with consumers, otherwise it finds itself living from campaign to campaign.
The category that seemed to be coming into its own, at least in terms of visibility, was that of the various internet start-ups that, flush with valuation-backed funding, have populated our screens with great gusto. The most consistent performer here, in terms of advertising, has been Flipkart; the idea of kids acting as adults might by itself not be a creative breakthrough, but the executions have been charming, and thanks to its consistency and visibility, the campaign has delivered some sense of coherence to the brand. For the category as a whole, of course, coherence is the one quality that has remained remarkably elusive. The typical advertising in this category tends to be exaggerated to the point of being somewhat unhinged; prime examples being the trying-so-hard-that-it-bleeds attempt by Quikr featuring Bob Biswas and the decidedly strange offering dished out by Godaddy.com. Salman Khan’s presence made a ham-handed Yatra.com campaign worse. Untethered by having to cater to too many ground realities, internet and e-commerce start-ups seem to reside in a world of their imagination. The pressure to be whimsical makes for some very uneven creative output; 2012 was certainly a great illustration of this aspect.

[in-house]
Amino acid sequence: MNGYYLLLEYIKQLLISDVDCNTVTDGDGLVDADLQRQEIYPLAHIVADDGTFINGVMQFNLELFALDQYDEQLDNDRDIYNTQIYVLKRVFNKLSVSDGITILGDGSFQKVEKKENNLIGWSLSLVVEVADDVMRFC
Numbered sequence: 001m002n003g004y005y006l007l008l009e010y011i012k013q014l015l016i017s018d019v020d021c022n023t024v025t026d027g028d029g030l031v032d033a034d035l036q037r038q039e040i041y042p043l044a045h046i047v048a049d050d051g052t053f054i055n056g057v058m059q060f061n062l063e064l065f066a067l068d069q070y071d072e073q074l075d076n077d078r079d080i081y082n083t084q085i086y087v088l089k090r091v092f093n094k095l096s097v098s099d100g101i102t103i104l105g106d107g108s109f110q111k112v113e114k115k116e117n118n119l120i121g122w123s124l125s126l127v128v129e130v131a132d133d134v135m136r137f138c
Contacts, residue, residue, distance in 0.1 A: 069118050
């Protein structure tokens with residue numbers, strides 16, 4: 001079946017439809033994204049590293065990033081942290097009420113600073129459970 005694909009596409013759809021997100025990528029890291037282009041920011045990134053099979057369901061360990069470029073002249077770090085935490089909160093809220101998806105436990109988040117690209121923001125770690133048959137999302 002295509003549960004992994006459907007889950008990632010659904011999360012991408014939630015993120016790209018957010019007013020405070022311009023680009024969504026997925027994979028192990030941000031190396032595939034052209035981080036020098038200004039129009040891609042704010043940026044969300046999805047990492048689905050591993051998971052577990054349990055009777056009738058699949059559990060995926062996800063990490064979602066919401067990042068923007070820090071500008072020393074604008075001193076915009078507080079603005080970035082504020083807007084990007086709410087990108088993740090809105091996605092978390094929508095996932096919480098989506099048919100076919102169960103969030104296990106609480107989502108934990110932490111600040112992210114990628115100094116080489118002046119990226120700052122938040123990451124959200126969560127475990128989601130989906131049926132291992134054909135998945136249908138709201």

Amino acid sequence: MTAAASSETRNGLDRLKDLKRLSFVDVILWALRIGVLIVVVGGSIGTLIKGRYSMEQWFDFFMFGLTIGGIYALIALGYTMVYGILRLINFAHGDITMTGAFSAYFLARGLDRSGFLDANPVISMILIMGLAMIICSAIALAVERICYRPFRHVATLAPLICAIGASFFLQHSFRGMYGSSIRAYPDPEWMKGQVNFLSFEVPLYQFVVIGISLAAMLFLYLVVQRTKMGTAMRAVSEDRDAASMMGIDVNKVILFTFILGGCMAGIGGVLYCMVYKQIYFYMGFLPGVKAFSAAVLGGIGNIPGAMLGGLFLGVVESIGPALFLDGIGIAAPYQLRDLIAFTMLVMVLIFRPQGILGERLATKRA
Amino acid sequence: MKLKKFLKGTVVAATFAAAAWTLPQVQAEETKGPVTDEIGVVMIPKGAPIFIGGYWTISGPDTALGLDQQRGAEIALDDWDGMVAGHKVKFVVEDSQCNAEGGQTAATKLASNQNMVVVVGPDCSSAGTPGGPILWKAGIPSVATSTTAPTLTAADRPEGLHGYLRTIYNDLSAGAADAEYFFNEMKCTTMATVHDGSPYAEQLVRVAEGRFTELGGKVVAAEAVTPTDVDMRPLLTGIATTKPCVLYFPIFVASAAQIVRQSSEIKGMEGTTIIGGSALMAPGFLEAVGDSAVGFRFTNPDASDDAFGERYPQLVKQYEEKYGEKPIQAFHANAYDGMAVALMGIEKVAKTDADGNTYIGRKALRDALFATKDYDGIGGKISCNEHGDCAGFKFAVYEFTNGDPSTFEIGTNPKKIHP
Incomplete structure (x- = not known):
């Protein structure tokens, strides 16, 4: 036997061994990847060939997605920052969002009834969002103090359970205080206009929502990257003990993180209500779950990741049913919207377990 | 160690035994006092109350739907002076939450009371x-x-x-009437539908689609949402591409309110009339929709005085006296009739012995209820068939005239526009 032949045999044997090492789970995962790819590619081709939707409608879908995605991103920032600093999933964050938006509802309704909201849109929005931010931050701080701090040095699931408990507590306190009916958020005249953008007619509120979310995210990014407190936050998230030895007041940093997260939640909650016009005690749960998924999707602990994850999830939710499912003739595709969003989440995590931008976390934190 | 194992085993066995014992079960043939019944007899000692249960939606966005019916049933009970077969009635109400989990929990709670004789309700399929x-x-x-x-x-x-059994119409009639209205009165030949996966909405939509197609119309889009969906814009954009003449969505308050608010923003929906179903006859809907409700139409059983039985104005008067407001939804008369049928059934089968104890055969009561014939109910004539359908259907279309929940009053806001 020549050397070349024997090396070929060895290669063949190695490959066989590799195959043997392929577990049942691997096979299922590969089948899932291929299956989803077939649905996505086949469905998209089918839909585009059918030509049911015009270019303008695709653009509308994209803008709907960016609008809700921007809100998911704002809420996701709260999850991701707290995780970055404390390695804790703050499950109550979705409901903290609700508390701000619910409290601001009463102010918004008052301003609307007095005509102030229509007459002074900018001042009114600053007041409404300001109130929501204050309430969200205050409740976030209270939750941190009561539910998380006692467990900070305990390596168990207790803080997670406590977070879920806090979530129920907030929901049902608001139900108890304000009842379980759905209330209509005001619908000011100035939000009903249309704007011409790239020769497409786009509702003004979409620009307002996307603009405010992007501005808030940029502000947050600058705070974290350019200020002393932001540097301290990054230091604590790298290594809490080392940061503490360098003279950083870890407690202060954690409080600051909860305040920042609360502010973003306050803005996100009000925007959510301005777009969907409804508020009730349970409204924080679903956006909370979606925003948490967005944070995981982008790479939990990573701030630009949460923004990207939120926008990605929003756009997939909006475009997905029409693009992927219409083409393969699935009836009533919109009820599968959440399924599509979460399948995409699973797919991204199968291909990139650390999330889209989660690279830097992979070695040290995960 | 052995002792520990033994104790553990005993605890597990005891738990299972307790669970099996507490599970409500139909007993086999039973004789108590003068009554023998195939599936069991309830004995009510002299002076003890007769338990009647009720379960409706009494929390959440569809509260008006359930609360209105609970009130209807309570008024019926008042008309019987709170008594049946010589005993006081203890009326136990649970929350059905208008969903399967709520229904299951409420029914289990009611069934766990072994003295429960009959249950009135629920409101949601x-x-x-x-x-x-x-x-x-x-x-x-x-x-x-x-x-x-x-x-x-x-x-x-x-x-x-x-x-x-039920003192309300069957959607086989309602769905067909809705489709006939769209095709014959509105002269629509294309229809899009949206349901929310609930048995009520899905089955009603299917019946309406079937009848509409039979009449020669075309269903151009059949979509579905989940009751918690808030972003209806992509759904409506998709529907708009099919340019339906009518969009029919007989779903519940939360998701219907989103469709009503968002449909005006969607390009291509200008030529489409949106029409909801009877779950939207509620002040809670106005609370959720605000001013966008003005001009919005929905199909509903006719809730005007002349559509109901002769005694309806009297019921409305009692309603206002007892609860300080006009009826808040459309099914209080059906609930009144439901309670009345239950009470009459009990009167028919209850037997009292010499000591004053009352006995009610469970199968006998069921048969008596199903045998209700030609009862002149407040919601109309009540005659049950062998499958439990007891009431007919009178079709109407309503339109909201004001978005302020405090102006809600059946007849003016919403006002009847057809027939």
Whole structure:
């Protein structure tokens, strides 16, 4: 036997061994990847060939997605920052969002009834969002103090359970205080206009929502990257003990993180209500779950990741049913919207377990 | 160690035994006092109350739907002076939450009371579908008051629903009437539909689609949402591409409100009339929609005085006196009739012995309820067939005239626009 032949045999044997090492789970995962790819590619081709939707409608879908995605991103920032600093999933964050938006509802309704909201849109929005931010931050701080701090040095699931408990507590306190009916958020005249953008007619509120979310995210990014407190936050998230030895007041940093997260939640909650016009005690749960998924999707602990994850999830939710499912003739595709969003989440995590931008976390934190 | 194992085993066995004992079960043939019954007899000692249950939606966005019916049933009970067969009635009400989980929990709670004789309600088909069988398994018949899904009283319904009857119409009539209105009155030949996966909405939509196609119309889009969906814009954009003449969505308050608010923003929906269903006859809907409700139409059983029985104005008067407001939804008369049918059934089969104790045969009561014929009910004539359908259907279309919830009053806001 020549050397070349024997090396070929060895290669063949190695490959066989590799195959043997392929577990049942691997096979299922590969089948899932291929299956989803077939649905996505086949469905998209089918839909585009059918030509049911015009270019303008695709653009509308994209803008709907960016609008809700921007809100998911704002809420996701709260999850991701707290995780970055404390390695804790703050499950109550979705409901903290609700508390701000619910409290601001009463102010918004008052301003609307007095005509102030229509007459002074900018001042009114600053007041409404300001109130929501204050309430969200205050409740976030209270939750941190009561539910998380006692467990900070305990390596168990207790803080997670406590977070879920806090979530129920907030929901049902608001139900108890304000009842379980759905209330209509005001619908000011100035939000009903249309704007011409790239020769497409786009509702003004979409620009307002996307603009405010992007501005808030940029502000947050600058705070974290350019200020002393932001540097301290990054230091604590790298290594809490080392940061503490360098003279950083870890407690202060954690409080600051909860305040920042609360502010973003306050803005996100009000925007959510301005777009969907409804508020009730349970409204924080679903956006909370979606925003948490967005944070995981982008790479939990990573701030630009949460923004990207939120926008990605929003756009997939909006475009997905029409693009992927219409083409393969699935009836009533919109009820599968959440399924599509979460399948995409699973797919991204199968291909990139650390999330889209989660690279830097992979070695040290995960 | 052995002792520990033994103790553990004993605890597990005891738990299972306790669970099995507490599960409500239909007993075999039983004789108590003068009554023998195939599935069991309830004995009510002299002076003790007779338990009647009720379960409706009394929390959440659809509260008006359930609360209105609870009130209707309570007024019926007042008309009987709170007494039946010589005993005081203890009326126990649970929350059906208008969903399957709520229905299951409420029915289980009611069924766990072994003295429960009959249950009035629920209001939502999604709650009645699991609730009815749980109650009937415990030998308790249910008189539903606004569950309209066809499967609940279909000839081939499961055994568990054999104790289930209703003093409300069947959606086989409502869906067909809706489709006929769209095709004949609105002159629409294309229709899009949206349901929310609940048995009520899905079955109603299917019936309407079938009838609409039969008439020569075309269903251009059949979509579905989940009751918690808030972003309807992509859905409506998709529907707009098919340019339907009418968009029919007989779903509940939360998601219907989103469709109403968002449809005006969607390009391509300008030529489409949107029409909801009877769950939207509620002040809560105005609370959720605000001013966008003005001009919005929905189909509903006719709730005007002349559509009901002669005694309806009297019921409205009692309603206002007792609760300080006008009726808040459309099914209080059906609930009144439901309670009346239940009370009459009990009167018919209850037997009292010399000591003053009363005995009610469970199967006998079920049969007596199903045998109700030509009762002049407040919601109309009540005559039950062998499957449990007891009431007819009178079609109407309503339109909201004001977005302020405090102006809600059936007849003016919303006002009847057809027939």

Some of the better work this year included Cadbury’s on-going campaign—though less distinguished than last year’s effort it continued to move along a very clear and well-defined trajectory. This year the quality was less consistent, but there were winners like the ‘in-laws, outlaws’ commercial featuring a young couple talking on the sidelines of a wedding, and the one where a wife tells her husband she is pregnant. The Cadbury’s Milk Shots campaign that featured Anurag Kashyap looking for appropriate people to cast in a new film worked well, although the same could not be said of another brand from the stable, Oreo, which is too cutesy for its own good. In the case of Oreo, one senses the heavy hand of international campaign formats lurking somewhere in the background.
Tanishq was another brand that did some consistently good work; the wedding gift and the solitaire commercials in particular, use a simple idea to exceedingly good effect. The depiction of a taciturn husband displaying affection for his wife in a gruff understated way was executed flawlessly in both cases. The idea of making jewellery conversational without losing out on its specialness is a delicate task and the brand has